Look

Look Magazine, Allen Hurlburt, 1969

I had a wonderful discussion today about Allen Hurlburt with Margaret Rhodes who is writing about him. Every year, someone pipes up about traditional publication design being dead. We are told that today’s reader views information differently and printed publications must change. If I listened to the current theory, every page should have multiple layers of information, presented in multiple typefaces, icons, and colors. A good page design should emulate a CNN screen. If I wanted to find joy in the barrage of information on a CNN or Bloomberg screen, I could take screen grabs, print them out, bind them, and put them on the coffee table.

The problem with this is pacing. Good publications are paced like film. There should be quiet moments, big explosions, close-ups, long shots, and points for contemplation. 500 pages of dense faux-information does not do this. That's wallpaper. Allen Hurlburt served as the creative director at Look Magazine from 1953 until 1971. His issues of Look are treasures. They follow a clear grid, are graceful, calm, and powerful at the same time. Look (no pun intended) at the way Hurlburt uses the typography to echo the content of the imagery and how the image content aligns with the grid. So nice.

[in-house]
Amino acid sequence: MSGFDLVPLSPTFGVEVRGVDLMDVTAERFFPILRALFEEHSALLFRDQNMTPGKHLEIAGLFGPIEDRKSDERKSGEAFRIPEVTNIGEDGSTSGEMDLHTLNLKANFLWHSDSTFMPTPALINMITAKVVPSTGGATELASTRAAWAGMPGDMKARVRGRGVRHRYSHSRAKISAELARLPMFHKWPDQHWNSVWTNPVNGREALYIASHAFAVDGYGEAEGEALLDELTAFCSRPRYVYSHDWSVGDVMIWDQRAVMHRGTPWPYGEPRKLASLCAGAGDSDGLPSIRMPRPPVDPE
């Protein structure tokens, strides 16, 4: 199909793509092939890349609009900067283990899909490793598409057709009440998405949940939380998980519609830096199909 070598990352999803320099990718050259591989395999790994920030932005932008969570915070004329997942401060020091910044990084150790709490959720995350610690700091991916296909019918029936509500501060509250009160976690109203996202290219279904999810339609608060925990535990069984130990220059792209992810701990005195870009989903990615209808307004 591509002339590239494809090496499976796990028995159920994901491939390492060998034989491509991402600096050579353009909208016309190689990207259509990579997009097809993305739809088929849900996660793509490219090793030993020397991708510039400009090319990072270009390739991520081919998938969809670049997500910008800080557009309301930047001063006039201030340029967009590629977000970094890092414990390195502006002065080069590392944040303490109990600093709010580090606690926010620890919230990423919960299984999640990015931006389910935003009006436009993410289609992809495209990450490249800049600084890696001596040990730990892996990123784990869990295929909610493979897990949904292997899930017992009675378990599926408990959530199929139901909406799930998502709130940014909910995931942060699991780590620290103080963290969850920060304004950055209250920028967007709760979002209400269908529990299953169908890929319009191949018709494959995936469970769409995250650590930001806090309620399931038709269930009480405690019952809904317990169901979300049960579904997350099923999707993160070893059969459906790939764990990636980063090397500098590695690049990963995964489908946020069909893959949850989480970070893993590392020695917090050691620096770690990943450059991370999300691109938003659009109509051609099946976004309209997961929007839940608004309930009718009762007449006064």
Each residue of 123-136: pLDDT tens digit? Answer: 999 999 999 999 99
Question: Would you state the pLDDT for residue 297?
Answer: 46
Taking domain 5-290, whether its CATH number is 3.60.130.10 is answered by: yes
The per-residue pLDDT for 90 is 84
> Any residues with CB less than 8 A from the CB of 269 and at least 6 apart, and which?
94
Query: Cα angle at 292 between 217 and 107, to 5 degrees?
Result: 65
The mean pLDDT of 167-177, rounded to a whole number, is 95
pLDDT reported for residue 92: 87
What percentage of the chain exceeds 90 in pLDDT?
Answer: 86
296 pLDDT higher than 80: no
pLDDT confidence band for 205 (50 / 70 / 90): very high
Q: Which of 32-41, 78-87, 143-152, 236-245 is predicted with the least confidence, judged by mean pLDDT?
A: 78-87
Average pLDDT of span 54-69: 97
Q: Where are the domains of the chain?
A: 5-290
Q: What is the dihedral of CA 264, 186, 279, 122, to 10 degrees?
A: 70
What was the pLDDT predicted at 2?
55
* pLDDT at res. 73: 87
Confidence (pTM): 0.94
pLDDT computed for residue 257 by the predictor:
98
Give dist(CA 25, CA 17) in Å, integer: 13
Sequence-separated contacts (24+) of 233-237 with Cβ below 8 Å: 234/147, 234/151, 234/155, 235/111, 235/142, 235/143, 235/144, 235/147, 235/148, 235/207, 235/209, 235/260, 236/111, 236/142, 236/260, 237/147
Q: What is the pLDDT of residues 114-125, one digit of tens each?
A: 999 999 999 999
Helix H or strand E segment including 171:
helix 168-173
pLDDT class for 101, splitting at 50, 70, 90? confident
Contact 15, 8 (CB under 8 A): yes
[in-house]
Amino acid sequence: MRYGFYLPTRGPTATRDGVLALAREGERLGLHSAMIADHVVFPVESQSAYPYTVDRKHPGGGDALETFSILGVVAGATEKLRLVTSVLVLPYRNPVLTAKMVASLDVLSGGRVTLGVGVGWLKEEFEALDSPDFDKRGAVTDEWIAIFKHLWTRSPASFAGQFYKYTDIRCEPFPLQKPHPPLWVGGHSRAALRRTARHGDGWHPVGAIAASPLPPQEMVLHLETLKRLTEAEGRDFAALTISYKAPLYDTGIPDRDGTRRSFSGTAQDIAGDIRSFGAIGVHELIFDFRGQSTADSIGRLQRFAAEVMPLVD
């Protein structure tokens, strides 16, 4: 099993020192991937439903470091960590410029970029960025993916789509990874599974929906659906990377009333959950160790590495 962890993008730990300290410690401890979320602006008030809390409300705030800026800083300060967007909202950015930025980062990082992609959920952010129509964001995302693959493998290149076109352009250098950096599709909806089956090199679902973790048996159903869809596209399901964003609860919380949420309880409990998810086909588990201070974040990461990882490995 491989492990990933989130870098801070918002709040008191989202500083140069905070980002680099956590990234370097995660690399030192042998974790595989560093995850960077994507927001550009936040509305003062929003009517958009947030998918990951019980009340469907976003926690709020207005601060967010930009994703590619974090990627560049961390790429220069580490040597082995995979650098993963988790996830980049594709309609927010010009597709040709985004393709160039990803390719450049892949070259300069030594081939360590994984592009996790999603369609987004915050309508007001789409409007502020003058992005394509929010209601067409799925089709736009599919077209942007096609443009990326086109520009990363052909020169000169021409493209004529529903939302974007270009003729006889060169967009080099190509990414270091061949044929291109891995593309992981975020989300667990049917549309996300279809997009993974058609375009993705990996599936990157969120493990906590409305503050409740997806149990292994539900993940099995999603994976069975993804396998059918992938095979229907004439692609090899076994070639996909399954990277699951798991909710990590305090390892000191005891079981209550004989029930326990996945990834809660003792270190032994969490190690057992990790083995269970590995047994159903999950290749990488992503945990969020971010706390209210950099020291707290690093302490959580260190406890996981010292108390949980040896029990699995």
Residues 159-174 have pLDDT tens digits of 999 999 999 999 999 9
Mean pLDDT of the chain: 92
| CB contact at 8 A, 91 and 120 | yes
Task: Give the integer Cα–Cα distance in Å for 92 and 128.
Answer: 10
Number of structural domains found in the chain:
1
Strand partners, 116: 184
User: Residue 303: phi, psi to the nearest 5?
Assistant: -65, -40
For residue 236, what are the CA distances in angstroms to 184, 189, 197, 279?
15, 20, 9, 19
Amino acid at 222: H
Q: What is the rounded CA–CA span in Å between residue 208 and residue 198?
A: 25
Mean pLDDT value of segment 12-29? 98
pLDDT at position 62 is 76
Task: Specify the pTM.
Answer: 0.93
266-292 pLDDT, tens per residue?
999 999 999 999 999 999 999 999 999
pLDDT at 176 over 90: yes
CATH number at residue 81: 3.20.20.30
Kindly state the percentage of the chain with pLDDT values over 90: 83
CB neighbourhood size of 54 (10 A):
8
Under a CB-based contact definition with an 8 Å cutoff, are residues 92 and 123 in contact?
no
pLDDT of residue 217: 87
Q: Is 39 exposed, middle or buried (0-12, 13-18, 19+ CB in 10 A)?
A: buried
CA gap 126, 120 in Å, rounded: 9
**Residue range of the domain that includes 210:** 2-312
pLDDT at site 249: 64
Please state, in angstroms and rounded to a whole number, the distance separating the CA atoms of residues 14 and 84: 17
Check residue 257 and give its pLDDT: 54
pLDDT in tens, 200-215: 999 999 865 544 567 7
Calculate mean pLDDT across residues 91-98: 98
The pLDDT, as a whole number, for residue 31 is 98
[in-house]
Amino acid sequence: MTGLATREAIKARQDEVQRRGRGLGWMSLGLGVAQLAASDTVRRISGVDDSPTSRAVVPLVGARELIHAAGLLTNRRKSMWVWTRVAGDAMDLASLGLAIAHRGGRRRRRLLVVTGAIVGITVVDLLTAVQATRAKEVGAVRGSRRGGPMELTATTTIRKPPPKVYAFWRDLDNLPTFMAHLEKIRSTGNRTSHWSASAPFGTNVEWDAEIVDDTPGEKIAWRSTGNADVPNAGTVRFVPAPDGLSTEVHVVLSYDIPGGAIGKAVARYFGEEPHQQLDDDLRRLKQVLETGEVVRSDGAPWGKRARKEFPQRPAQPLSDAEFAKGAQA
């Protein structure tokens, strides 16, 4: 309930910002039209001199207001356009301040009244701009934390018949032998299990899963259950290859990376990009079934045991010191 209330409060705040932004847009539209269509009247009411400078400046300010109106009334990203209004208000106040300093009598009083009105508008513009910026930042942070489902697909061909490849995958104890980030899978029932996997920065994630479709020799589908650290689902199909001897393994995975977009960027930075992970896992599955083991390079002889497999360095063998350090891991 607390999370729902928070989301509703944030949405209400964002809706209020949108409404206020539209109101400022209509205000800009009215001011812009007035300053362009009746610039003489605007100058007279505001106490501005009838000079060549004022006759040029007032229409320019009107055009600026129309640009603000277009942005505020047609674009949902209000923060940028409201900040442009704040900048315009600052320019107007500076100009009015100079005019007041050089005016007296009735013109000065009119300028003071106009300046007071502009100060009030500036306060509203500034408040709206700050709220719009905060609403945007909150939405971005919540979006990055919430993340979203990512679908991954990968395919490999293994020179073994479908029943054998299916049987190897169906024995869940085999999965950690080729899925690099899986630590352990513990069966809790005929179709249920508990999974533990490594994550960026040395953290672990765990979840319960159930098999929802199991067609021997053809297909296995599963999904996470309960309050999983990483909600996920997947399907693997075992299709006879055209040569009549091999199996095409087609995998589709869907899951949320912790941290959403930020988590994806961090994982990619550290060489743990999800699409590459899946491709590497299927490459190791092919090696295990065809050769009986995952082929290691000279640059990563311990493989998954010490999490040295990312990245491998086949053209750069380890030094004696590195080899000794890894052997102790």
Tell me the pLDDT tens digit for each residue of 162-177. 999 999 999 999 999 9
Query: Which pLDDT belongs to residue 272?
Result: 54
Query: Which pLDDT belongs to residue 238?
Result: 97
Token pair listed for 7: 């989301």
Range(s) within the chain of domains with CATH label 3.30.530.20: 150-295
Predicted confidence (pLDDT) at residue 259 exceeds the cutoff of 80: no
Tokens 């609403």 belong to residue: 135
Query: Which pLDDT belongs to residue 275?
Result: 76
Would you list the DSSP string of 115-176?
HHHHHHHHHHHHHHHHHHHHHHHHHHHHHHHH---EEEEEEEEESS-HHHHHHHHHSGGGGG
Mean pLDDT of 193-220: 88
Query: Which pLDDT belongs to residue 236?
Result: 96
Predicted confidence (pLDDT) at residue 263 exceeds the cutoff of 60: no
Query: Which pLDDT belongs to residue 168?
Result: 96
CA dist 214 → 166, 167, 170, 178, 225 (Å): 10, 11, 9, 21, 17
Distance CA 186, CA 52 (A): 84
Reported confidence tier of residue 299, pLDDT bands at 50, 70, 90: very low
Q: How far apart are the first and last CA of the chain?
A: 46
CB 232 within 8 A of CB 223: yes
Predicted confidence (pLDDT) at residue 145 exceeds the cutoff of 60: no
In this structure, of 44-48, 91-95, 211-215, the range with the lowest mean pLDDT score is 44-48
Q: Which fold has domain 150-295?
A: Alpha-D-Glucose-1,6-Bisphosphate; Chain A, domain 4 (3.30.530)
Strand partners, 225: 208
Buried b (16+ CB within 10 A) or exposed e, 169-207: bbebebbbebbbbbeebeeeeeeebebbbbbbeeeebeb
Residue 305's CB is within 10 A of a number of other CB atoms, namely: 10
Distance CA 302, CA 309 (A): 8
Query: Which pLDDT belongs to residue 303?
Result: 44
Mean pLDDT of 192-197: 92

from the Lou Danziger collection and Past Print

Sean Adams

Sean Adams is the Chair of the undergraduate and graduate Graphic Design Program at ArtCenter, founder of Burning Settlers Cabin studio, and on-screen author for LinkedIn Learning/Lynda.com He is the only two term AIGA national president in AIGA’s 100 year history. In 2014, Adams was awarded the AIGA Medal, the highest honor in the profession. He is an AIGA Fellow, and Aspen Design Fellow. He has been recognized by every major competition and publication including; How, Print, Step, Communication Arts, Graphis, AIGA, The Type Directors Club, The British Art Director’s Club, and the Art Director’s Club. Adams has been exhibited often, including a solo exhibition at The San Francisco Museum of Modern Art.

Adams is an author of multiple magazine columns, and several best-selling books. He has been cited as one of the forty most important people shaping design internationally, and one of the top ten influential designers in the United States. Previously, Adams was a founding partner at AdamsMorioka, whose clients included The Academy of Motion Picture Arts and Sciences, Disney, Mohawk Fine Papers, The Metropolitan Opera, Los Angeles County Museum of Natural History, Richard Meier & Partners, Sundance, and the University of Southern California.